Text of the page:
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Khalil’s Picks (21 December 2012)

The views expressed are those of the author and are not necessarily those of Scientific American.


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Welcome to the end-of-the-world edition of Picks which does not highlight any articles about the end of the world. Go figure. What this week’s picks do highlight is unsurprisingly much cooler (and at times more serious).

The next Mayan inspired end-of-the-world edition of Picks will be in roughly 144,000 days. Until then…

A very very good blog post about the unfairness of the media’s portrayal of people will mental illnesses. This is a must-read by Natasha Lewis Harrington at GatheringMagic.com.

The Myths of Madness
Today, I want to talk about something serious. I’m not going to criticize you or tell you what to do—you are all thoughtful people; you know how to take this information and make of it what you will. All I ask is that you give me a few minutes to talk about depictions of mental illness.

This article by Robert T. Gonzalez for io9 is geekingly fantastic and kind of creepy. What would happen if you could block out all (or as much of) external stimuli? To test this, some people have been submerged into gallons of water with masks to cover their head. What they report when retrieved is quite astonishing.

Everything you ever wanted to know about sensory deprivation chambers
On Fringe, a sensory deprivation tank can activate your mental powers and even open a gateway to another universe. But what can floating in a dark warm tank do for you in real life? And why would people even want to do such a thing?

Did you know that some researchers are working in the “emerging field of meme science?” Those researchers are looking into creating memes to sensitise people about climate change as Rachel Nuwer writes in the New York Times’ Green blog.

What’s Your Meme? Changing the Climate Change Conversation
Yes we can! Ermahgerd. Occupy. I had a dream. Haters gonna hate. Tear down this wall! Gangnam Style. Drill, baby, drill. We are constantly bombarded by memes in our daily lives. Some spontaneously flare up and then burn out as quickly as they appeared, while others stick around for decades. We hardly consider their presence, much less contemplate their possible influence on our lives.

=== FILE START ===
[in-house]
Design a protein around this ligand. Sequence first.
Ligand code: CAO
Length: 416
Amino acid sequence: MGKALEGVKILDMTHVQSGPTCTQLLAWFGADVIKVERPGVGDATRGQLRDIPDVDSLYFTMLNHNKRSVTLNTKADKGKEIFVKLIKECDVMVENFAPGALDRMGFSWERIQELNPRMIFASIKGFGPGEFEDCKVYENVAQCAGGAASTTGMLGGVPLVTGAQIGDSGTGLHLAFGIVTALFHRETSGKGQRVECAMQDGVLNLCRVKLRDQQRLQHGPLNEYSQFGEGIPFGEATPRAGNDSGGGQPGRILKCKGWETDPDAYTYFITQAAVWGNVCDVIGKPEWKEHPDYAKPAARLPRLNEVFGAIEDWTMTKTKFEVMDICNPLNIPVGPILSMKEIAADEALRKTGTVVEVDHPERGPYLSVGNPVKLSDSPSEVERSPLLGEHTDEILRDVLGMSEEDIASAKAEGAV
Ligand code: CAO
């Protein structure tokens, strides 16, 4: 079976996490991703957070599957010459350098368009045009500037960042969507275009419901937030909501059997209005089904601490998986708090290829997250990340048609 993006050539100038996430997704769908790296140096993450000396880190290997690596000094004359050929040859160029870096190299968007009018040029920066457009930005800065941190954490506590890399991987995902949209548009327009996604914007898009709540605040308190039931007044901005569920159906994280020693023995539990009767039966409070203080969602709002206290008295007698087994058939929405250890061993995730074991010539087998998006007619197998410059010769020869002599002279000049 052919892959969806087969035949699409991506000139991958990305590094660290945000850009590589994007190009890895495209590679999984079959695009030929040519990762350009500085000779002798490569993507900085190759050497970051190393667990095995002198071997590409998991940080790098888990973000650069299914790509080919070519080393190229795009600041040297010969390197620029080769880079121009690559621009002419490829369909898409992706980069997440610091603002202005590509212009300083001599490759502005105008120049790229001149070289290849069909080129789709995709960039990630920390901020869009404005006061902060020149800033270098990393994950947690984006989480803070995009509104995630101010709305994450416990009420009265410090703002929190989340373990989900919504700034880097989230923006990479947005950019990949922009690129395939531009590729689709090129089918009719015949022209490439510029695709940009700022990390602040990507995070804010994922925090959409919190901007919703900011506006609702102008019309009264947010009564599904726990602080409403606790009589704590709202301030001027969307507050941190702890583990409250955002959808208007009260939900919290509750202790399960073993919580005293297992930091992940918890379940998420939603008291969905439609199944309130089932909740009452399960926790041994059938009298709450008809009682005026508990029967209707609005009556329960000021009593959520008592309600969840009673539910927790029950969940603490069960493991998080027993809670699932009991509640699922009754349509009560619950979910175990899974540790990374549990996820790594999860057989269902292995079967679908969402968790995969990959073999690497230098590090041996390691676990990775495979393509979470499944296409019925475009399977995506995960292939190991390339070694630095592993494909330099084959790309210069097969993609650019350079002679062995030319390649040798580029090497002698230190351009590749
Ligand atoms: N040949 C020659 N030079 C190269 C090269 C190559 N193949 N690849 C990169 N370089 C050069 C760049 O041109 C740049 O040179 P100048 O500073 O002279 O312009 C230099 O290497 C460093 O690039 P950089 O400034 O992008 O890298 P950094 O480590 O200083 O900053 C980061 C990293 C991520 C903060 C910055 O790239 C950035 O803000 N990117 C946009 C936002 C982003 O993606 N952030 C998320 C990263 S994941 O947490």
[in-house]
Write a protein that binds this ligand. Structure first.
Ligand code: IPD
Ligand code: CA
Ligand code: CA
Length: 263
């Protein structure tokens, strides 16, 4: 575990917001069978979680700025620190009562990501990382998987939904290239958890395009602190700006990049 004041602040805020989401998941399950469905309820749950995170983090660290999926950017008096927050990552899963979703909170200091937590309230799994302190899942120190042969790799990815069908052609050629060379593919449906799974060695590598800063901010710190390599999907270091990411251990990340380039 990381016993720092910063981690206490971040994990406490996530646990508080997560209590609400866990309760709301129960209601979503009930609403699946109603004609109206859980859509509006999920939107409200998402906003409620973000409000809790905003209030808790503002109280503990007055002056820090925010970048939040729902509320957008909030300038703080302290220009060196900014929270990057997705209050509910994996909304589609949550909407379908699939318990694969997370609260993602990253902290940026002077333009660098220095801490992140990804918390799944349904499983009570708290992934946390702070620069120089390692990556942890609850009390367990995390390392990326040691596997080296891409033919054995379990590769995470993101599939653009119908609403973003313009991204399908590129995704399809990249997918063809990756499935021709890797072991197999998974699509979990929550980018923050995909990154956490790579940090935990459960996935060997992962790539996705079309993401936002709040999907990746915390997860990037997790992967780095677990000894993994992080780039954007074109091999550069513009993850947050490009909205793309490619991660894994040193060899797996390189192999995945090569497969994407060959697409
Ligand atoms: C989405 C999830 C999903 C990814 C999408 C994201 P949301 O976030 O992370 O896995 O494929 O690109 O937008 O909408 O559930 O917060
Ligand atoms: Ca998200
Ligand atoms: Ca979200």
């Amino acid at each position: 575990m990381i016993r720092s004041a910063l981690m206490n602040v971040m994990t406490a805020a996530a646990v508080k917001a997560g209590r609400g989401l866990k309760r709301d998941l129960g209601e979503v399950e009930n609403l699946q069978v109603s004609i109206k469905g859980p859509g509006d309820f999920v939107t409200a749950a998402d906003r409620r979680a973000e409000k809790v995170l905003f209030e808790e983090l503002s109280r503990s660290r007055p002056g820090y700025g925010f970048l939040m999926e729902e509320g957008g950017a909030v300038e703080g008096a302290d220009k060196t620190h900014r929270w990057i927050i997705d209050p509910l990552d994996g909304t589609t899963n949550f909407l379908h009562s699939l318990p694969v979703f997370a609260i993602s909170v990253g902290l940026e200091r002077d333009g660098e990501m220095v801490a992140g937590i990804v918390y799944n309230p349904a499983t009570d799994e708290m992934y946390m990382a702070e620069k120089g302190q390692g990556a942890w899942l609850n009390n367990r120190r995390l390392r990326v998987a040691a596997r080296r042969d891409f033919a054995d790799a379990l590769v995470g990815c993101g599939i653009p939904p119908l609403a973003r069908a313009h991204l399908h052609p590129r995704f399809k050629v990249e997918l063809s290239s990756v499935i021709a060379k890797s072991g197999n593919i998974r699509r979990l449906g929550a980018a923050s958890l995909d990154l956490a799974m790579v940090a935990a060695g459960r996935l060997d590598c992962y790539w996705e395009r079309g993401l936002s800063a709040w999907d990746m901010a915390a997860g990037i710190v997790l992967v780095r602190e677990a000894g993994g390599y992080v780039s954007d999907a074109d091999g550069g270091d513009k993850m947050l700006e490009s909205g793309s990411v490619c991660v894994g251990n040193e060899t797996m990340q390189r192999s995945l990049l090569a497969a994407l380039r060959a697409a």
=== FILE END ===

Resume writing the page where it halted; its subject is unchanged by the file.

Photoshopped photos are probably more effective than you think they are. In a great piece for BBC Future, Rose Eveleth describes how doctored photos can alter our memories. She includes some fascinating examples too.

How fake images change our memory and behaviour
Doctored images can affect what we eat, how we vote and even our childhood recollections. The question scientists are asking is why there’s nothing we can do to stop it. The year was a memorable one – looking back at the unforgettable images over the past 12 months, you might think of apocalyptic-looking clouds over Manhattan during Hurricane Sandy, or Mitt Romney’s children mistakenly standing in a line spelling out the word “MONEY”, or even the winning US Powerball lottery ticket that became the most shared picture on Facebook. There’s only one problem. All these images are fake.

Seeder el-Showk, on his blog, Inspiring Science, writes about a mysterious gene that acts as a buffer, allowing mutations to accumulate unseen and free from the pressures of selection.

Hsp90: translating environmental stress into evolutionary change
In the 1990s, Suzanne Rutherford and Susan Lindquist were studying fruit flies with a mutated version of the Hsp90 gene and found that the absence of this single gene led to a wide range of developmental defects.  This was surprising not only because Hsp90 isn’t directly related to development, but also because of the remarkable breadth of its impact.  Uncovering how this gene affects so many aspects of development has led to an intriguing story linking responses to environmental stress with the evolution of developmental pathways.

And even more:

You can find more writings from early-career science writers by following this Twitter list. Have a nice weekend (assuming the world is still intact until then).

Khalil A. Cassimally About the Author: Khalil A. Cassimally is the Community Coordinator of The Conversation UK. He's also a science blogger. He hails from a tropical island and is a happy geek. Subscribe to his updates on Facebook and Google+. Follow on Twitter @notscientific.

The views expressed are those of the author and are not necessarily those of Scientific American.



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